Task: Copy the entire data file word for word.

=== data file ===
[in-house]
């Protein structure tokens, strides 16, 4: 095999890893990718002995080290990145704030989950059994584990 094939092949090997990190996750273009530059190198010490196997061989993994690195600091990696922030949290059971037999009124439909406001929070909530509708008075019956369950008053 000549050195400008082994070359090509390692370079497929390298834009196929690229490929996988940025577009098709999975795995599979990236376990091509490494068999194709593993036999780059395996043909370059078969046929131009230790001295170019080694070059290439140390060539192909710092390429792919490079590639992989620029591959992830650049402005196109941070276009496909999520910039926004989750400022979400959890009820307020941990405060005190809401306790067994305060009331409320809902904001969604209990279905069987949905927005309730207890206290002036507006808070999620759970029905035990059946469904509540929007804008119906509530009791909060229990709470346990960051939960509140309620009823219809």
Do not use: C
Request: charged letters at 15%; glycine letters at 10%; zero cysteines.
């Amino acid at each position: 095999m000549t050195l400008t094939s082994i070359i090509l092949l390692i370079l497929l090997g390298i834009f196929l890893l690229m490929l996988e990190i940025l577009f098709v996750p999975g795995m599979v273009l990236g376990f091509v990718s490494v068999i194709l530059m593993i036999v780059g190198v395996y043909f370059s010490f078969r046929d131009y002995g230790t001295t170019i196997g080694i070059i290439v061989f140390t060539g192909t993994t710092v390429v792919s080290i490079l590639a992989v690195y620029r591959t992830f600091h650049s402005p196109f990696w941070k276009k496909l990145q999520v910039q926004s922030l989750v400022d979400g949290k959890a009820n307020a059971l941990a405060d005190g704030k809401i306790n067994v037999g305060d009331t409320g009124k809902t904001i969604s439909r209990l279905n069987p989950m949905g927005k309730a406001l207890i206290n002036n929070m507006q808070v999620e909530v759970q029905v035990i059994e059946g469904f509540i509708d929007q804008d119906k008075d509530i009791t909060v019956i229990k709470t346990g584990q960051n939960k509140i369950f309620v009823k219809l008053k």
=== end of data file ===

[in-house]
């Protein structure tokens, strides 16, 4: 095999890893990718002995080290990145704030989950059994584990 094939092949090997990190996750273009530059190198010490196997061989993994690195600091990696922030949290059971037999009124439909406001929070909530509708008075019956369950008053 000549050195400008082994070359090509390692370079497929390298834009196929690229490929996988940025577009098709999975795995599979990236376990091509490494068999194709593993036999780059395996043909370059078969046929131009230790001295170019080694070059290439140390060539192909710092390429792919490079590639992989620029591959992830650049402005196109941070276009496909999520910039926004989750400022979400959890009820307020941990405060005190809401306790067994305060009331409320809902904001969604209990279905069987949905927005309730207890206290002036507006808070999620759970029905035990059946469904509540929007804008119906509530009791909060229990709470346990960051939960509140309620009823219809």
Do not use: C
Request: charged letters at 15%; glycine letters at 10%; zero cysteines.
């Amino acid at each position: 095999m000549t050195l400008t094939s082994i070359i090509l092949l390692i370079l497929l090997g390298i834009f196929l890893l690229m490929l996988e990190i940025l577009f098709v996750p999975g795995m599979v273009l990236g376990f091509v990718s490494v068999i194709l530059m593993i036999v780059g190198v395996y043909f370059s010490f078969r046929d131009y002995g230790t001295t170019i196997g080694i070059i290439v061989f140390t060539g192909t993994t710092v390429v792919s080290i490079l590639a992989v690195y620029r591959t992830f600091h650049s402005p196109f990696w941070k276009k496909l990145q999520v910039q926004s922030l989750v400022d979400g949290k959890a009820n307020a059971l941990a405060d005190g704030k809401i306790n067994v037999g305060d009331t409320g009124k809902t904001i969604s439909r209990l279905n069987p989950m949905g927005k309730a406001l207890i206290n002036n929070m507006q808070v999620e909530v759970q029905v035990i059994e059946g469904f509540i509708d929007q804008d119906k008075d509530i009791t909060v019956i229990k709470t346990g584990q960051n939960k509140i369950f309620v009823k219809l008053k």